The purpose of the report—The Threat of Extremism to Medical Research: Best Practices to Mitigate Risk through Preparation and Communication—is to provide guidance to scientists and institutions around the world in dealing with animal rights extremists. That includes individuals and groups that damage laboratories, send threatening e-mails, and even desecrate the graves of researchers’ relatives. In 2004, for example, Animal Liberation Front activists broke into psychology laboratories at the University of Iowa, where they smashed equipment, spray-painted walls, and removed hundreds of animals, causing more than $400,000 in damage. In 2009, extremists set fire to the car of a University of California, Los Angeles, neuroscientist who worked on rats and monkeys. And other researchers say activists have shown up at their homes in the middle of the night, threatening their families and children.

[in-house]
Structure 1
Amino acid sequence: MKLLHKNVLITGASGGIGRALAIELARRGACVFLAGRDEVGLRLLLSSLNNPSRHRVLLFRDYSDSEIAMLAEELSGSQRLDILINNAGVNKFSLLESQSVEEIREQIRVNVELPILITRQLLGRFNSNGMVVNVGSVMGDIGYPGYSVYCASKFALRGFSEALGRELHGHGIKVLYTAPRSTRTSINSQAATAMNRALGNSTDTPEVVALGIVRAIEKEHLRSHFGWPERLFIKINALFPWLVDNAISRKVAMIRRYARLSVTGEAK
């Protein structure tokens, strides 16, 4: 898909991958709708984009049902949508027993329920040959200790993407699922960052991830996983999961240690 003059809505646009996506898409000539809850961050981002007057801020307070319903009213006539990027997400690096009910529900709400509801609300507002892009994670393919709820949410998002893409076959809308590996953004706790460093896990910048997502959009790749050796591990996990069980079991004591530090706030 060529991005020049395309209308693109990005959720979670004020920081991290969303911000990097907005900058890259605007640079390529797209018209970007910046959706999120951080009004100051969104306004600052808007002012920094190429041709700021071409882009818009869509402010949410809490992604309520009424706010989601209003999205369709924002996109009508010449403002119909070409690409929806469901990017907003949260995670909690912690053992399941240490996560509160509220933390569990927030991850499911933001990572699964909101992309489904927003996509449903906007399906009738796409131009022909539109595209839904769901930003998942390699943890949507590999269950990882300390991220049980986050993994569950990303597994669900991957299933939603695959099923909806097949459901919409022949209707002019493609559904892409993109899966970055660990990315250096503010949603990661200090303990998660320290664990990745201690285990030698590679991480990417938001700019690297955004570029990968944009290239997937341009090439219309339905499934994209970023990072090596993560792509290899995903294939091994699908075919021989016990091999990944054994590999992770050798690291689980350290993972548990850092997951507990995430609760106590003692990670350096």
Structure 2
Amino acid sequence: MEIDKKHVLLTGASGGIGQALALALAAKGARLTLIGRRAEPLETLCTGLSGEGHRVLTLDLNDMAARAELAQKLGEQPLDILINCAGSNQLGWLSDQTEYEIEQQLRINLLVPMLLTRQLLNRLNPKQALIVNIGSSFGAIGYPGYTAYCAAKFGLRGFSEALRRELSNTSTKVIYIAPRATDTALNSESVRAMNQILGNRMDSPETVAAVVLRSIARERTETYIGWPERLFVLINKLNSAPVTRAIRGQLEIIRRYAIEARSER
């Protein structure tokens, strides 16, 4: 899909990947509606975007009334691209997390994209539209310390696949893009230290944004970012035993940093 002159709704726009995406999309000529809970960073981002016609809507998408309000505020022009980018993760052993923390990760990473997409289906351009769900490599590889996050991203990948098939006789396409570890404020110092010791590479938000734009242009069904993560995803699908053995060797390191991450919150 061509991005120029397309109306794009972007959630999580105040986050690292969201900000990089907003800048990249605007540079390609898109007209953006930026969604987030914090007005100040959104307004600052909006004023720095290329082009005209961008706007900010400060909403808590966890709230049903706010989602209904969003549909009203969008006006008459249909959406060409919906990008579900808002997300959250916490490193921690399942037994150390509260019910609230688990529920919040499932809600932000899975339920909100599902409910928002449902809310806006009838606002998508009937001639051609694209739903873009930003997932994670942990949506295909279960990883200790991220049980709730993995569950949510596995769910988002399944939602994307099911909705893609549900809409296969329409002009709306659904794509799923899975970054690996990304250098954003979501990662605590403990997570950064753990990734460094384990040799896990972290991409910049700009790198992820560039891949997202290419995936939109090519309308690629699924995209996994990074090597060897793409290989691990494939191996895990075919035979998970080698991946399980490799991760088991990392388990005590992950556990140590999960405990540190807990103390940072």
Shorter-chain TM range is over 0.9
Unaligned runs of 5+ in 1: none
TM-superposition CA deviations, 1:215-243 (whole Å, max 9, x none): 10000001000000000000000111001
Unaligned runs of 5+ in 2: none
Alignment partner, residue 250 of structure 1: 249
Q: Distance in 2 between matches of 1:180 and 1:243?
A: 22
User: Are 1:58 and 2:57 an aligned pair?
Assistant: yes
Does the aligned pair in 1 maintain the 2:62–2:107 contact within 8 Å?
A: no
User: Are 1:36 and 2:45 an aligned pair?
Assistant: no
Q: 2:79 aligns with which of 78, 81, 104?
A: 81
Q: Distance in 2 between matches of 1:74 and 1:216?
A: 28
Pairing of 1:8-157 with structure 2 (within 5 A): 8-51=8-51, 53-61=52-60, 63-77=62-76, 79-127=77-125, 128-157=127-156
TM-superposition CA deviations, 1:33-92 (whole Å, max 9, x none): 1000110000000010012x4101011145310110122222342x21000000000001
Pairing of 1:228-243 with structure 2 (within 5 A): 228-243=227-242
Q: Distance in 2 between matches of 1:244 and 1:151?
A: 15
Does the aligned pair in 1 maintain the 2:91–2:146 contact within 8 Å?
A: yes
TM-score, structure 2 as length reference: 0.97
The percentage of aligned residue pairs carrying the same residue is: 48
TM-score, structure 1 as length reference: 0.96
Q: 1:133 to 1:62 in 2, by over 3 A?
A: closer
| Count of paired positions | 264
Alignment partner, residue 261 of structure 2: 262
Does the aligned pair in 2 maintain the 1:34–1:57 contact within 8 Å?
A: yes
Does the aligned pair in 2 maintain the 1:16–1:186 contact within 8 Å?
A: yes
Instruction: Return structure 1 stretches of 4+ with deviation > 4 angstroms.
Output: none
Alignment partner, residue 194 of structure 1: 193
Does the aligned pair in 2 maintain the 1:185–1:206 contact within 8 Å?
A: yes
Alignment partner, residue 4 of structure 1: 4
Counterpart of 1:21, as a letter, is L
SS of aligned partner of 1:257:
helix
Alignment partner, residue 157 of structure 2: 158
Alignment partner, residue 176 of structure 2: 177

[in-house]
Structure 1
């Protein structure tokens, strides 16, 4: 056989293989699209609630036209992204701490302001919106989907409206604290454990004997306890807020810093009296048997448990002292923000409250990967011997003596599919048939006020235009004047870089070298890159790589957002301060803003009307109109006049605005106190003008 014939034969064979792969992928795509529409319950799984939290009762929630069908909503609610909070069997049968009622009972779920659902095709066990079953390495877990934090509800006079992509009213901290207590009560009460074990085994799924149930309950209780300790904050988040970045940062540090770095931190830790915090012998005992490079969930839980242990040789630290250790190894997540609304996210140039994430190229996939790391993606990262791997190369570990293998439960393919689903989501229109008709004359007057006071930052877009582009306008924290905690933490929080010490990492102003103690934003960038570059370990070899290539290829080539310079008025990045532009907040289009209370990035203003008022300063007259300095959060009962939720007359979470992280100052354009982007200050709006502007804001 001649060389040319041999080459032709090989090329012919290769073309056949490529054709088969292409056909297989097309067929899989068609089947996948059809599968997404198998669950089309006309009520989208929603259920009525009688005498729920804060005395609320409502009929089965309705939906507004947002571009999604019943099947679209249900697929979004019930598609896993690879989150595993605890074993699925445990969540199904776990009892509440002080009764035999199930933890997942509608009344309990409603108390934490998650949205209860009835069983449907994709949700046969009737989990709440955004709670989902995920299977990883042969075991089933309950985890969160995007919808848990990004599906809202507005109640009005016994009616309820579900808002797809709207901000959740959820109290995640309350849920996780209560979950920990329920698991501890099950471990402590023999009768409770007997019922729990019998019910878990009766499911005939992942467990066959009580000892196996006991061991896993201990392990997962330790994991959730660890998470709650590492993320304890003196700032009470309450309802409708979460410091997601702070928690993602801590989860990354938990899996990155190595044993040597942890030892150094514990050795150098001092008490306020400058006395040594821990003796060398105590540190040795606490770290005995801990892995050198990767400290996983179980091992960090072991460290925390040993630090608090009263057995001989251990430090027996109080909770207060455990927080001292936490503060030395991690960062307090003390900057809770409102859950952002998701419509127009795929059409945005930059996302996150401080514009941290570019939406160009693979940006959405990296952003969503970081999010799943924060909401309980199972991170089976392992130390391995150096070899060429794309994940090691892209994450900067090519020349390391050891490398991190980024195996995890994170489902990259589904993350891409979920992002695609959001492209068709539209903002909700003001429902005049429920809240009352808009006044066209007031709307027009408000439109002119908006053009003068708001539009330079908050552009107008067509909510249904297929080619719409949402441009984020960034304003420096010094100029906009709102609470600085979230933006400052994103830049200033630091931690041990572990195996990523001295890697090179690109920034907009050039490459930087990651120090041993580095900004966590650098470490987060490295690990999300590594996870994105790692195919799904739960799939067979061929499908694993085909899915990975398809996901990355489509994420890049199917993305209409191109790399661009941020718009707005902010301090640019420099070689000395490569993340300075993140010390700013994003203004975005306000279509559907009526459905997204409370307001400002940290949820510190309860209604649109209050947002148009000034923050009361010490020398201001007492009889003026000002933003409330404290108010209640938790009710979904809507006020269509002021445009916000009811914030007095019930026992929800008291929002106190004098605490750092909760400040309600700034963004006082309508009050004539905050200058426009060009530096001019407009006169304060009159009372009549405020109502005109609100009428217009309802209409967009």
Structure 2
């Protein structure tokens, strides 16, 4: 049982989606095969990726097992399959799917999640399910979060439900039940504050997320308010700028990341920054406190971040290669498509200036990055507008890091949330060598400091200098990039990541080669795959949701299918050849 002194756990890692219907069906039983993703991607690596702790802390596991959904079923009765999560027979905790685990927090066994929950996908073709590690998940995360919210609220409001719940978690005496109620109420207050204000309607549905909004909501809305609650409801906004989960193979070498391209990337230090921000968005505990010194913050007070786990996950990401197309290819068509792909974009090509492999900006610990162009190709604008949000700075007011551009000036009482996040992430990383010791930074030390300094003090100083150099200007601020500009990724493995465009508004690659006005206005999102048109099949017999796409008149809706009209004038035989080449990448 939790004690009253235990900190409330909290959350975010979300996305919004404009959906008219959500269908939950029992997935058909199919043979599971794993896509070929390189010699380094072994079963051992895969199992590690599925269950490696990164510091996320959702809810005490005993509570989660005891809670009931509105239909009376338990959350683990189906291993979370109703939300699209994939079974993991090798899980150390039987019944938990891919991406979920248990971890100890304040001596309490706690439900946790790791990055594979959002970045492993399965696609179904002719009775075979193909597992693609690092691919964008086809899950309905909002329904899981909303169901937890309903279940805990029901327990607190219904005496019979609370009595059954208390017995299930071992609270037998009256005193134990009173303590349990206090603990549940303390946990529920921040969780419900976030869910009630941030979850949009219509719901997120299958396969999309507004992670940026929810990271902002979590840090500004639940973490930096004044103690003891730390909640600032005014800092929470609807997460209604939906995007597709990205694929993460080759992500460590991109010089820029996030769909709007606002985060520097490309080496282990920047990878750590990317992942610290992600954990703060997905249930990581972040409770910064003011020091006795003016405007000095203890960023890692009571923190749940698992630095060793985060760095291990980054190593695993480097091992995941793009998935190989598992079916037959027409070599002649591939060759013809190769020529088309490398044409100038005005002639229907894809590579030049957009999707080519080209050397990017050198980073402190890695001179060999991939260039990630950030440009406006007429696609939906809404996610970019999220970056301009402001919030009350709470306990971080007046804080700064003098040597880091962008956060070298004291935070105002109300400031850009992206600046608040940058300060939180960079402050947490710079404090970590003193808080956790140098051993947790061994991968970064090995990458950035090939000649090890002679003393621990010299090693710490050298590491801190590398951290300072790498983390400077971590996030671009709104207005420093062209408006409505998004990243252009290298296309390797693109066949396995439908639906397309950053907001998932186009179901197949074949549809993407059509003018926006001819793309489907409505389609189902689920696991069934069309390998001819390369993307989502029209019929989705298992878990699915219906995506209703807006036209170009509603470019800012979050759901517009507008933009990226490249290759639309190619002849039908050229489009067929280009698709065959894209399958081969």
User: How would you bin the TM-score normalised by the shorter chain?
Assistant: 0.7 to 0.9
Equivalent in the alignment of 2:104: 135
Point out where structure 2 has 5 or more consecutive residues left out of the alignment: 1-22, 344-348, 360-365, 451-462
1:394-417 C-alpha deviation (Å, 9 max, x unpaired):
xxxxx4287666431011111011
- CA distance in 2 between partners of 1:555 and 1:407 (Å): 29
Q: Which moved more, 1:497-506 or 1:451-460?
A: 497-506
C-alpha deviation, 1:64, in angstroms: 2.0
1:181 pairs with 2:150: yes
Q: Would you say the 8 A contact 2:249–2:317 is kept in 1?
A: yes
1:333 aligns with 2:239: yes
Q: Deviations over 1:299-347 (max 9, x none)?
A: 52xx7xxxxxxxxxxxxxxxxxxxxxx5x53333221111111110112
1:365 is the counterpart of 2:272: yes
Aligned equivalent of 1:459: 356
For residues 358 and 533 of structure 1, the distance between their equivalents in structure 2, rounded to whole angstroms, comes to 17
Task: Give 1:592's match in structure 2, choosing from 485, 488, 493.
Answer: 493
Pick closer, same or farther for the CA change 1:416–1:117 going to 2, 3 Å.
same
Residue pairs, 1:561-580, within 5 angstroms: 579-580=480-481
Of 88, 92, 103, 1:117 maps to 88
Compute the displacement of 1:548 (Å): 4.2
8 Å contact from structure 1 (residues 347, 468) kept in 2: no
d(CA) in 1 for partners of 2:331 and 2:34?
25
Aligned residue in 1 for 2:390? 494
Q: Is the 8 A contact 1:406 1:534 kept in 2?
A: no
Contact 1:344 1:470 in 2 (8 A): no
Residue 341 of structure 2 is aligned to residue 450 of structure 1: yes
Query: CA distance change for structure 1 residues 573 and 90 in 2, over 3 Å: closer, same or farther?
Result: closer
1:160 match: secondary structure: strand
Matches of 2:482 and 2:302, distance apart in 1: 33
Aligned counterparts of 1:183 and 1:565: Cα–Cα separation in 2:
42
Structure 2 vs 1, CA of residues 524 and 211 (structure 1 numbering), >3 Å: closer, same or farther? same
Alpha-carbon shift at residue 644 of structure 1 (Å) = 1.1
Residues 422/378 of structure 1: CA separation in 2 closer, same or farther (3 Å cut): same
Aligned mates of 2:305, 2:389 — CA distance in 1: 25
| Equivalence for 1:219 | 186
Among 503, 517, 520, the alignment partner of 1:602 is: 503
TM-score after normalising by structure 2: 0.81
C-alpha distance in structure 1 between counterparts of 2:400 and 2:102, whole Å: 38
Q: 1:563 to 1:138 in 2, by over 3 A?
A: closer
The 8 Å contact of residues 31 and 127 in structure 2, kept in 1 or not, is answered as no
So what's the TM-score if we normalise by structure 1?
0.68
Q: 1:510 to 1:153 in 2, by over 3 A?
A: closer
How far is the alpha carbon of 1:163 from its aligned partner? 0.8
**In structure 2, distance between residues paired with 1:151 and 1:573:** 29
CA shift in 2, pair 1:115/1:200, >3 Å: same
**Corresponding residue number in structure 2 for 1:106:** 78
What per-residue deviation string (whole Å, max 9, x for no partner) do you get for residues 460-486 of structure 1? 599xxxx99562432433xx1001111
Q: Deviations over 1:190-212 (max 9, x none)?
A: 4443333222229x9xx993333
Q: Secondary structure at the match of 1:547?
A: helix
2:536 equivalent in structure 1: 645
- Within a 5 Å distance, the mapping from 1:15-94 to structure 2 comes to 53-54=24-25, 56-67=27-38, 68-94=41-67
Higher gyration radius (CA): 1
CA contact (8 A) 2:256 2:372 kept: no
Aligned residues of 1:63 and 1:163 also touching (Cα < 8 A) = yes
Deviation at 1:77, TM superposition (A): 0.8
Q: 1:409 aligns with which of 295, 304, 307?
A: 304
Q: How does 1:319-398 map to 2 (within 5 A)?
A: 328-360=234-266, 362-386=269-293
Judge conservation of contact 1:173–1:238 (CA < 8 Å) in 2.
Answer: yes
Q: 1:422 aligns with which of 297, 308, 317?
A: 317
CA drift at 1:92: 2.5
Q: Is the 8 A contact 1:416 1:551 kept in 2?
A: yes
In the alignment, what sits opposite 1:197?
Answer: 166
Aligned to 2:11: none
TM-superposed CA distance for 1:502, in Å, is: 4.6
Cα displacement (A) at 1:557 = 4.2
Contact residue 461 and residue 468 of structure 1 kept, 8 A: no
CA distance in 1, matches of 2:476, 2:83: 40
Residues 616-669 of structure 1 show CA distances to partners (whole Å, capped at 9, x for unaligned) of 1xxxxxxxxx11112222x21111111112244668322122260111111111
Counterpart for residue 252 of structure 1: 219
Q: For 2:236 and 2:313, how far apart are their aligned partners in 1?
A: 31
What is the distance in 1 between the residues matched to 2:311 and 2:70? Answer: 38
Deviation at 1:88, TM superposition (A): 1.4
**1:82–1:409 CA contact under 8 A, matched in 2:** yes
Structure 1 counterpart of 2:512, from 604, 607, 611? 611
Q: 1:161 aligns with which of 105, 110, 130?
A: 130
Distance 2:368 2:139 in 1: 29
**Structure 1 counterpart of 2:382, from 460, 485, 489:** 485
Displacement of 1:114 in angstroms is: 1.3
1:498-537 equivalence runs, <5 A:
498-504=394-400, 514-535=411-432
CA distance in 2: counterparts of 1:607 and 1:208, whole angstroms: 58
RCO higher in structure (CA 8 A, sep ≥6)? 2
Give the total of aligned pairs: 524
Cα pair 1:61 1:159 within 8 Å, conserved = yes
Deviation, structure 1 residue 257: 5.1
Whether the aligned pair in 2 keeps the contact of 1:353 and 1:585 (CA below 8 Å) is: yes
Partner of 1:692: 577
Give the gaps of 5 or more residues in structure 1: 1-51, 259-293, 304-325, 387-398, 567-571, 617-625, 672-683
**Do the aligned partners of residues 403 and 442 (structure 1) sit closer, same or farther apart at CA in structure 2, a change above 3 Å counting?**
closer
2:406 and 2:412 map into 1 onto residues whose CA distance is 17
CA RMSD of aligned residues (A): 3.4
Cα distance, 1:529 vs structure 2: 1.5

• NIH to Get Money for Pediatric Research

    Done deal. Representatives Gregg Harper (R-MS), John Boehner (R-OH), and Eric Cantor (R-VA) sign a new pediatric cancer research funding bill in order to send it to the White House for signing.

    Office of Representative Eric Cantor

    The National Institutes of Health (NIH) is slated to get $126 million over 10 years for pediatrics research after the U.S. Senate yesterday approved legislation that was once seen by many Democrats as a cynical ploy.

  • U.K. to Shower Money on Three Big Science Projects

    Ready to roll. An artist's impression of what the European Spallation Source will look like.

    Ready to roll. An artist's impression of what the European Spallation Source will look like.

    ESS/Henning Larsen Architects

    The U.K. government announced nearly £300 million ($500 million) of new investment in large-scale science projects yesterday. The beneficiaries will be a new European neutron source soon to be built in Sweden, the Square Kilometre Array (SKA) radio telescope, and an exoplanet-hunting mission by the European Space Agency (ESA).